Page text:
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Forensic Psychiatric Hospital

The Forensic Psychiatric Hospital is a 190-bed secure facility in Coquitlam, B.C. that treats people who have been found not criminally responsible for a crime or unfit to stand trial due to a mental disorder.
The goal of the program is to restore fitness to attend court proceedings and/or reintegrate patients gradually and safely into the community. The hospital also serves individuals who have been transferred temporarily from correctional facilities to be assessed or receive treatment for a mental illness under the Mental Health Act. The facility consists of 9 clinical units (5 secure, 3 closed and 1 open unit). 

Located in a peaceful, park-like setting, the Forensic Psychiatric Hospital supports patients with high quality, specialized clinical services, as well as a comprehensive range of vocational and rehabilitative programs.

Clinical Program Model 

The Forensic Psychiatric Hospital delivers services to patients using a Clinical Program Model, which is currently best practice in health care. Services are delivered by health care teams to meet the specific needs of the patients. Patients are grouped by illness or other needs; this model allows the team to treat patients on units that meet the needs of the patients on that unit. It also allows the team to create a larger and more closely knit multi-professional team that include psychiatrists, family physicians, social workers, nurses, clinical pharmacists, psychologists and rehabilitation staff. Additional team members may include therapeutic leisure services staff, vocational services staff, occupational therapy staff, Forensic Regional Clinic staff, and a pastor.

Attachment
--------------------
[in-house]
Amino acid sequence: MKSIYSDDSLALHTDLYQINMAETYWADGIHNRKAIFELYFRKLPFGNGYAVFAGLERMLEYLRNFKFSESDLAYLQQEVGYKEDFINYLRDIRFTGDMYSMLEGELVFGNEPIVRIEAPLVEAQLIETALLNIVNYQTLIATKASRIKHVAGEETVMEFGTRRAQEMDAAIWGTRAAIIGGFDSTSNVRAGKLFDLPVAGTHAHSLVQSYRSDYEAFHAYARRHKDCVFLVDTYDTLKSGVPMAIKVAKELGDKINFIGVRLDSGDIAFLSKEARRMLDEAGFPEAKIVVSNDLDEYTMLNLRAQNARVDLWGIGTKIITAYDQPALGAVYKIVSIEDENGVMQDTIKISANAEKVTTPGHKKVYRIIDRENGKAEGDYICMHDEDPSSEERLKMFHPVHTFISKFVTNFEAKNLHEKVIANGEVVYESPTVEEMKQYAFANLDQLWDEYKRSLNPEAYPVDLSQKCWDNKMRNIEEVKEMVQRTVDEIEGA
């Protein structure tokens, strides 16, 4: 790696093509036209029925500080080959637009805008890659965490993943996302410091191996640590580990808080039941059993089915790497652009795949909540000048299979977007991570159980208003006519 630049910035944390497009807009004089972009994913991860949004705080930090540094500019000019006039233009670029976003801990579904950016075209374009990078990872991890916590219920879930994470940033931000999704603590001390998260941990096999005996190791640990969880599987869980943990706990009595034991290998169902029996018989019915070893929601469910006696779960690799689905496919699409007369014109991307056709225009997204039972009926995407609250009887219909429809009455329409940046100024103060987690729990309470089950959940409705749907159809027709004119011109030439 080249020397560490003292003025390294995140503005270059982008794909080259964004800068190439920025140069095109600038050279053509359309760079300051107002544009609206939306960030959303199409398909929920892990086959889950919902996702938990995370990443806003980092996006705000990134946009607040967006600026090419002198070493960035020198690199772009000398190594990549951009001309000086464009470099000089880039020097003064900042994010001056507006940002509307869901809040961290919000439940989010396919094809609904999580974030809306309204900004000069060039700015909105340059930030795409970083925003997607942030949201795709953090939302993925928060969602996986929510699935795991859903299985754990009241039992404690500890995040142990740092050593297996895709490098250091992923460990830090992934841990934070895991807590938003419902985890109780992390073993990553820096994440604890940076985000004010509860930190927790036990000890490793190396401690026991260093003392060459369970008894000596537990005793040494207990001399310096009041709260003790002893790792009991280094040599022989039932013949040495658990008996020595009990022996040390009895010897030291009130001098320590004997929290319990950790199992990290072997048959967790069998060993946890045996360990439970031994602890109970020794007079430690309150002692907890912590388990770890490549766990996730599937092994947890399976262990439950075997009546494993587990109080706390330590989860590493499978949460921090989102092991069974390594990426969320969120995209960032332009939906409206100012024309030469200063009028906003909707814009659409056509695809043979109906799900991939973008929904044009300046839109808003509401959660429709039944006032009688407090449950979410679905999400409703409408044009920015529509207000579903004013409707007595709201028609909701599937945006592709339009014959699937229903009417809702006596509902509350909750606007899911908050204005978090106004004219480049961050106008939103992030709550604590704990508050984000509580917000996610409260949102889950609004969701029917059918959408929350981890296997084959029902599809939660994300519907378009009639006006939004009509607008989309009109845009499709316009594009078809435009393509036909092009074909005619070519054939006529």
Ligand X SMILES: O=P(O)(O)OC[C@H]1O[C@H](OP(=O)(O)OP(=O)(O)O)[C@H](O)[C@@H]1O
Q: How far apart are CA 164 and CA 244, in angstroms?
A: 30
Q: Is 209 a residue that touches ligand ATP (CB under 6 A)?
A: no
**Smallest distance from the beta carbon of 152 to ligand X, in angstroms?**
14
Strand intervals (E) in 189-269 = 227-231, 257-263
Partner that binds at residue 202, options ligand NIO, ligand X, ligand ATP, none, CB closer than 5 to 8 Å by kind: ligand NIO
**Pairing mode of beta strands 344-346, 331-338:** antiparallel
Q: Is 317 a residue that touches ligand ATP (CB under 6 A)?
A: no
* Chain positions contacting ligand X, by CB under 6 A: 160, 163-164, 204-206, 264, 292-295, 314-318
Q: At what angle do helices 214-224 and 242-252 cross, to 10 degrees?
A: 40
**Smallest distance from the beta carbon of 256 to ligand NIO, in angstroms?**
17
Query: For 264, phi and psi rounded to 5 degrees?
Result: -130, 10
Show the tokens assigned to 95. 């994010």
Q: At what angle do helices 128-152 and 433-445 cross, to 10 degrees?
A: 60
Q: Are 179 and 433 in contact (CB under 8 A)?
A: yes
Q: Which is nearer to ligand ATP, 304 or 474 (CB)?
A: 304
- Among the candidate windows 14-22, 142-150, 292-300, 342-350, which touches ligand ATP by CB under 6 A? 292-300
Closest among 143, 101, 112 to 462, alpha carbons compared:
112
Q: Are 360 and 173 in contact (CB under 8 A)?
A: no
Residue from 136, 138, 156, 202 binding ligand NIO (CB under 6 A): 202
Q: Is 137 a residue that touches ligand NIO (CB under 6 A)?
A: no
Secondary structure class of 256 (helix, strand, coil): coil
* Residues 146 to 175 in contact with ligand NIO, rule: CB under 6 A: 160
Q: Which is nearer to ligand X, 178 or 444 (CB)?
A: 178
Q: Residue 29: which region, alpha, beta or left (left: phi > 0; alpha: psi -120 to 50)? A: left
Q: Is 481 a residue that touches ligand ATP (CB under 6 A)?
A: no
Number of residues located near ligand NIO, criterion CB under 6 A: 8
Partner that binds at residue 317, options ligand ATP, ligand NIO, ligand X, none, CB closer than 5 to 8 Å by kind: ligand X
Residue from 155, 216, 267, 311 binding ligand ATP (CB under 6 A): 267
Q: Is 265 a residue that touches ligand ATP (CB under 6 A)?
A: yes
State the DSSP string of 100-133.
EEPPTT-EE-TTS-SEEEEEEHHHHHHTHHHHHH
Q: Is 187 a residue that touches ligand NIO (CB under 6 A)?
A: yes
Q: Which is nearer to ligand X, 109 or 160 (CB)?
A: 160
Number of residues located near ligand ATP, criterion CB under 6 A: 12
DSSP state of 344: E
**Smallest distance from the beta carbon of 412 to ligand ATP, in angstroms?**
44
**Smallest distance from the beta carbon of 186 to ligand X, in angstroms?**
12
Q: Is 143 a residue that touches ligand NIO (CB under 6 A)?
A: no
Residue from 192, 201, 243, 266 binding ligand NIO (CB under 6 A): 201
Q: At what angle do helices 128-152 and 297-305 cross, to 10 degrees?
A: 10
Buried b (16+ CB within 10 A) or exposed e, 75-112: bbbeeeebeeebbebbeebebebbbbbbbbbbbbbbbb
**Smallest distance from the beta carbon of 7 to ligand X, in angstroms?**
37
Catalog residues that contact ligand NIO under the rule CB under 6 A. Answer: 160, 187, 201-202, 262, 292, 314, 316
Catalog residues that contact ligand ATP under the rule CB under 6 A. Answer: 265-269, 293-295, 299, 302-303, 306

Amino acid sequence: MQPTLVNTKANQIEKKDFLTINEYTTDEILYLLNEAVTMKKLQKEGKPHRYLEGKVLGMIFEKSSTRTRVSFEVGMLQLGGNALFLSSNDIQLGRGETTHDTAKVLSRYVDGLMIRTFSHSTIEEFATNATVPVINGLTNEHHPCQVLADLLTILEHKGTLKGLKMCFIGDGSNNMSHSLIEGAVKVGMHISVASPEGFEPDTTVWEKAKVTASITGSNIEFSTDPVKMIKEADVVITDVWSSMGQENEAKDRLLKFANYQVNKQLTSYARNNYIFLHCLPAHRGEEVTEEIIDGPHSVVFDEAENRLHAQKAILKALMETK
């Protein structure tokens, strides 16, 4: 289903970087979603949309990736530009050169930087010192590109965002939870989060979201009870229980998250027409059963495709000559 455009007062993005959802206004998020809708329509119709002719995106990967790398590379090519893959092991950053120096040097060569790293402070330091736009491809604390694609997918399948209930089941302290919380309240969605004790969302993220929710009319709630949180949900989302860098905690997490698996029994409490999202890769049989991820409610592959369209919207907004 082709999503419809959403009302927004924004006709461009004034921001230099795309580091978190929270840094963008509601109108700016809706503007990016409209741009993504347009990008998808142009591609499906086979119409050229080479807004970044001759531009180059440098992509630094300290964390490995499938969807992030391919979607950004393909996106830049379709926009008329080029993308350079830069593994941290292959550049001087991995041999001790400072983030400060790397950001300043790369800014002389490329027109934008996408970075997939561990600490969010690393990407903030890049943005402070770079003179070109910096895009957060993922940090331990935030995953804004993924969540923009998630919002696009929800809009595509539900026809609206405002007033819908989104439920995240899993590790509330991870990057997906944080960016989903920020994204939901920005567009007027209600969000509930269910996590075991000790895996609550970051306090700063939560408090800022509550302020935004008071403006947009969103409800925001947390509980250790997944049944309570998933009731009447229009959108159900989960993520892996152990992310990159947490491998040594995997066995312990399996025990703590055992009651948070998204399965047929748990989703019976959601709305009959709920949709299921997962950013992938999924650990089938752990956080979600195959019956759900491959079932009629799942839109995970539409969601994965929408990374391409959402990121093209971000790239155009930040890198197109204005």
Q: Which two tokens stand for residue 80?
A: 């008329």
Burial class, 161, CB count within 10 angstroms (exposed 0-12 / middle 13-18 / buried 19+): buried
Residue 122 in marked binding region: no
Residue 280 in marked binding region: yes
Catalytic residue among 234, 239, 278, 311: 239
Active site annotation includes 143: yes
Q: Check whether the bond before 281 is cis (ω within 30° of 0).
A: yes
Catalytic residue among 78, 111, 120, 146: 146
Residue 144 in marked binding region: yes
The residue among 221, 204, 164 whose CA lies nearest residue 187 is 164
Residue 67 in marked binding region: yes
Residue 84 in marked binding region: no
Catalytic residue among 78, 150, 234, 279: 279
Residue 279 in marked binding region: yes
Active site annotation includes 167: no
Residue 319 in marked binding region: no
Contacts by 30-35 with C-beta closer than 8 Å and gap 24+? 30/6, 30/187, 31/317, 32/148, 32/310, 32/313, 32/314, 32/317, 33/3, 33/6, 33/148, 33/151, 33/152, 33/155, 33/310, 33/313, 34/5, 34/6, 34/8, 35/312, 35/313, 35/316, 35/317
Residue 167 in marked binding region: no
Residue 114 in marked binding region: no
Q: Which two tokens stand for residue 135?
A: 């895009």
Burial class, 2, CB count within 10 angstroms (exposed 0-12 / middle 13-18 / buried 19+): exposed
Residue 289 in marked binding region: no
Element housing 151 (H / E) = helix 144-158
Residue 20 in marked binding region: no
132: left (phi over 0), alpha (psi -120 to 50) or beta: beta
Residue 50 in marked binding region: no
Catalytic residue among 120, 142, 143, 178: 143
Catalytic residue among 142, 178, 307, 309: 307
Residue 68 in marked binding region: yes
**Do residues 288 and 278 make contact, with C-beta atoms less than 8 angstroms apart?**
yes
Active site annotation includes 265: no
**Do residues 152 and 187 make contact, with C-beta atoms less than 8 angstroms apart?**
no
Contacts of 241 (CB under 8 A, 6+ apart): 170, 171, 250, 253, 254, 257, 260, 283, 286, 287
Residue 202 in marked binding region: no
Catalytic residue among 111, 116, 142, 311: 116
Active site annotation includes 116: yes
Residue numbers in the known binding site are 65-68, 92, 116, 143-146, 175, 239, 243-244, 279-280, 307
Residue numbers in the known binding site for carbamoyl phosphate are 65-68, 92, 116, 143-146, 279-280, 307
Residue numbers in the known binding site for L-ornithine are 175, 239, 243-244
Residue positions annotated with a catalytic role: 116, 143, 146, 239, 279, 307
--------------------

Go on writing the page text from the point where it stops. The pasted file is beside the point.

The 15 clinical programs at the Forensic Psychiatric Hospital include:

Ashworth 1 – Male remand unit 
Ashworth 2 – Specialized assessment and psychiatric intensive care program 
Ashworth 3 – Neuropsychiatry program
Ashworth 4 – Severe psychosis/intensive management program Dogwood East – Women’s program
Dogwood West – Geriatric/medically frail program
Elm North – Intensive rehabilitation program
Elm South – Intensive rehabilitation program
Hawthorne House – Pre-discharge program

Care plans 

Care plans are designed according to the needs of the patient. The clinical staff at the hospital are familiar with all available medications and work with patients to find the appropriate stabilization medication for them. The goal is to assist patients into a successful reintegration into the community. Programs include medically directed treatment plans, alcohol and drug counselling, occupational therapy, therapeutic leisure services and vocational services. A full-time teacher is available to assist patients with educational opportunities and a Chaplain is on hand to address spiritual needs of the patients as/if required. 

Community access 

The treatment team at Forensic Psychiatric Hospital begins the process of discharging a patient by first determining the person’s readiness for release and needs. As a person with a mental disorder goes through the legal system, their symptoms may prevent them from fully understanding the process. The staff at the hospital is aware of this fact and part of the treatment is to help patients work through this process to the best of their ability. Patients are referred to the Forensic Regional Clinic closest to their chosen geographical location. When the team determines the patient is ready, and when the appropriate disposition from the BC Review Board is in place, the patient may be granted limited community access.